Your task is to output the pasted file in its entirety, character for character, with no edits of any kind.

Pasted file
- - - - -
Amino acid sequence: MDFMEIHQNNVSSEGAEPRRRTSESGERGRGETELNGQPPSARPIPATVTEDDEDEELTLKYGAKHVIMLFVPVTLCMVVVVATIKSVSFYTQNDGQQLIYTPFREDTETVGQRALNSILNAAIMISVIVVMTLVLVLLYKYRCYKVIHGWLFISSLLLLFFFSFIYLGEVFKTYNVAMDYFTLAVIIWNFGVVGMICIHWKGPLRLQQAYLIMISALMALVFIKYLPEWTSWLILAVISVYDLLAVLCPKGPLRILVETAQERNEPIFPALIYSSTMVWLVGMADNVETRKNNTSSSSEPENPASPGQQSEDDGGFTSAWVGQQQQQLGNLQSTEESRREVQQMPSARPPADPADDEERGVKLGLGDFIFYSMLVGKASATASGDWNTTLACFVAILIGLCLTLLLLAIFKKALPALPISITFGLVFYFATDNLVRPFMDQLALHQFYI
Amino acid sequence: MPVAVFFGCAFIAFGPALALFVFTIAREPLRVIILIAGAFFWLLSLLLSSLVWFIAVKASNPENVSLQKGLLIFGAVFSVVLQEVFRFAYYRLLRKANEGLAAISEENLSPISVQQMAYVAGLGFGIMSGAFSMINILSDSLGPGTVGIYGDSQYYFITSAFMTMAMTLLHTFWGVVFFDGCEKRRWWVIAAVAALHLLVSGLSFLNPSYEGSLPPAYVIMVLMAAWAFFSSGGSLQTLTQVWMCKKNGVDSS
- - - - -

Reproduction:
Amino acid sequence: MDFMEIHQNNVSSEGAEPRRRTSESGERGRGETELNGQPPSARPIPATVTEDDEDEELTLKYGAKHVIMLFVPVTLCMVVVVATIKSVSFYTQNDGQQLIYTPFREDTETVGQRALNSILNAAIMISVIVVMTLVLVLLYKYRCYKVIHGWLFISSLLLLFFFSFIYLGEVFKTYNVAMDYFTLAVIIWNFGVVGMICIHWKGPLRLQQAYLIMISALMALVFIKYLPEWTSWLILAVISVYDLLAVLCPKGPLRILVETAQERNEPIFPALIYSSTMVWLVGMADNVETRKNNTSSSSEPENPASPGQQSEDDGGFTSAWVGQQQQQLGNLQSTEESRREVQQMPSARPPADPADDEERGVKLGLGDFIFYSMLVGKASATASGDWNTTLACFVAILIGLCLTLLLLAIFKKALPALPISITFGLVFYFATDNLVRPFMDQLALHQFYI
Amino acid sequence: MPVAVFFGCAFIAFGPALALFVFTIAREPLRVIILIAGAFFWLLSLLLSSLVWFIAVKASNPENVSLQKGLLIFGAVFSVVLQEVFRFAYYRLLRKANEGLAAISEENLSPISVQQMAYVAGLGFGIMSGAFSMINILSDSLGPGTVGIYGDSQYYFITSAFMTMAMTLLHTFWGVVFFDGCEKRRWWVIAAVAALHLLVSGLSFLNPSYEGSLPPAYVIMVLMAAWAFFSSGGSLQTLTQVWMCKKNGVDSS